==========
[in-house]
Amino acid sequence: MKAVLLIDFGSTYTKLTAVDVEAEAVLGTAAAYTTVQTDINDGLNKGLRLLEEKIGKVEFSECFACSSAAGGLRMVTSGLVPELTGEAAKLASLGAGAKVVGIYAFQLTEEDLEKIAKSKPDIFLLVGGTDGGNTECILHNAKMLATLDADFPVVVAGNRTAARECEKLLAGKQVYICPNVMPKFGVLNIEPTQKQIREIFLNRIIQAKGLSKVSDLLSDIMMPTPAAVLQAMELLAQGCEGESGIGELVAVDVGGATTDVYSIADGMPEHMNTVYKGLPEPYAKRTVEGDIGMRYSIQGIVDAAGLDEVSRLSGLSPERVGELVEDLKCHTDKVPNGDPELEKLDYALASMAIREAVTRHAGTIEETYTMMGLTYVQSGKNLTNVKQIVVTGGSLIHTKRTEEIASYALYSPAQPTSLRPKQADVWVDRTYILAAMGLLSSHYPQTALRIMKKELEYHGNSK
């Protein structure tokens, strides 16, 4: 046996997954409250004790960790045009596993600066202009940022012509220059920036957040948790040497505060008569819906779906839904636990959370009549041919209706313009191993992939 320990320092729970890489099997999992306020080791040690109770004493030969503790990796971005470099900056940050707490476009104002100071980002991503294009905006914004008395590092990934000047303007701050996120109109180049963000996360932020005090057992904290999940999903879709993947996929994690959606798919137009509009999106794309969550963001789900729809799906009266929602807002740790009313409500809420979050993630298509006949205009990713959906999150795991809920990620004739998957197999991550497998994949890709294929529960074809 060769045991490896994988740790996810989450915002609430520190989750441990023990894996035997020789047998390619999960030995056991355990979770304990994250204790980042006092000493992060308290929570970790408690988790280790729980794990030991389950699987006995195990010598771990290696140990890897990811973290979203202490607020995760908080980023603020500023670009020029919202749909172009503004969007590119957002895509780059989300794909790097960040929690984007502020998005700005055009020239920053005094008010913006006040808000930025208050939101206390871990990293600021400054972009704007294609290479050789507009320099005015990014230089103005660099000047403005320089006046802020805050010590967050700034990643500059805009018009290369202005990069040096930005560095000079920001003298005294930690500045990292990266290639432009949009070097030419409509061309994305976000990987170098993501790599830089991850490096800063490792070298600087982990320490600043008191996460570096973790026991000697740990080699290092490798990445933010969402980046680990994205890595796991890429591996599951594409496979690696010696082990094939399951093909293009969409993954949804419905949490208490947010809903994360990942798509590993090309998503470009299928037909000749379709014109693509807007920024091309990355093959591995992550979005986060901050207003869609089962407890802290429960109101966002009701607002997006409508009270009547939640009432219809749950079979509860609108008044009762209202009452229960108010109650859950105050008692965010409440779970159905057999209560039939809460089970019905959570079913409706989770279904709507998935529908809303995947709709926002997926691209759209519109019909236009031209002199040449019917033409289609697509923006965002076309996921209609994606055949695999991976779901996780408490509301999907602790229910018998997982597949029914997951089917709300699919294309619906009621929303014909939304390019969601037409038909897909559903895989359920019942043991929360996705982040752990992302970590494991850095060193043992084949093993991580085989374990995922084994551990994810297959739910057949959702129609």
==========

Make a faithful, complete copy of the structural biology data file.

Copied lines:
[in-house]
Amino acid sequence: MKAVLLIDFGSTYTKLTAVDVEAEAVLGTAAAYTTVQTDINDGLNKGLRLLEEKIGKVEFSECFACSSAAGGLRMVTSGLVPELTGEAAKLASLGAGAKVVGIYAFQLTEEDLEKIAKSKPDIFLLVGGTDGGNTECILHNAKMLATLDADFPVVVAGNRTAARECEKLLAGKQVYICPNVMPKFGVLNIEPTQKQIREIFLNRIIQAKGLSKVSDLLSDIMMPTPAAVLQAMELLAQGCEGESGIGELVAVDVGGATTDVYSIADGMPEHMNTVYKGLPEPYAKRTVEGDIGMRYSIQGIVDAAGLDEVSRLSGLSPERVGELVEDLKCHTDKVPNGDPELEKLDYALASMAIREAVTRHAGTIEETYTMMGLTYVQSGKNLTNVKQIVVTGGSLIHTKRTEEIASYALYSPAQPTSLRPKQADVWVDRTYILAAMGLLSSHYPQTALRIMKKELEYHGNSK
């Protein structure tokens, strides 16, 4: 046996997954409250004790960790045009596993600066202009940022012509220059920036957040948790040497505060008569819906779906839904636990959370009549041919209706313009191993992939 320990320092729970890489099997999992306020080791040690109770004493030969503790990796971005470099900056940050707490476009104002100071980002991503294009905006914004008395590092990934000047303007701050996120109109180049963000996360932020005090057992904290999940999903879709993947996929994690959606798919137009509009999106794309969550963001789900729809799906009266929602807002740790009313409500809420979050993630298509006949205009990713959906999150795991809920990620004739998957197999991550497998994949890709294929529960074809 060769045991490896994988740790996810989450915002609430520190989750441990023990894996035997020789047998390619999960030995056991355990979770304990994250204790980042006092000493992060308290929570970790408690988790280790729980794990030991389950699987006995195990010598771990290696140990890897990811973290979203202490607020995760908080980023603020500023670009020029919202749909172009503004969007590119957002895509780059989300794909790097960040929690984007502020998005700005055009020239920053005094008010913006006040808000930025208050939101206390871990990293600021400054972009704007294609290479050789507009320099005015990014230089103005660099000047403005320089006046802020805050010590967050700034990643500059805009018009290369202005990069040096930005560095000079920001003298005294930690500045990292990266290639432009949009070097030419409509061309994305976000990987170098993501790599830089991850490096800063490792070298600087982990320490600043008191996460570096973790026991000697740990080699290092490798990445933010969402980046680990994205890595796991890429591996599951594409496979690696010696082990094939399951093909293009969409993954949804419905949490208490947010809903994360990942798509590993090309998503470009299928037909000749379709014109693509807007920024091309990355093959591995992550979005986060901050207003869609089962407890802290429960109101966002009701607002997006409508009270009547939640009432219809749950079979509860609108008044009762209202009452229960108010109650859950105050008692965010409440779970159905057999209560039939809460089970019905959570079913409706989770279904709507998935529908809303995947709709926002997926691209759209519109019909236009031209002199040449019917033409289609697509923006965002076309996921209609994606055949695999991976779901996780408490509301999907602790229910018998997982597949029914997951089917709300699919294309619906009621929303014909939304390019969601037409038909897909559903895989359920019942043991929360996705982040752990992302970590494991850095060193043992084949093993991580085989374990995922084994551990994810297959739910057949959702129609």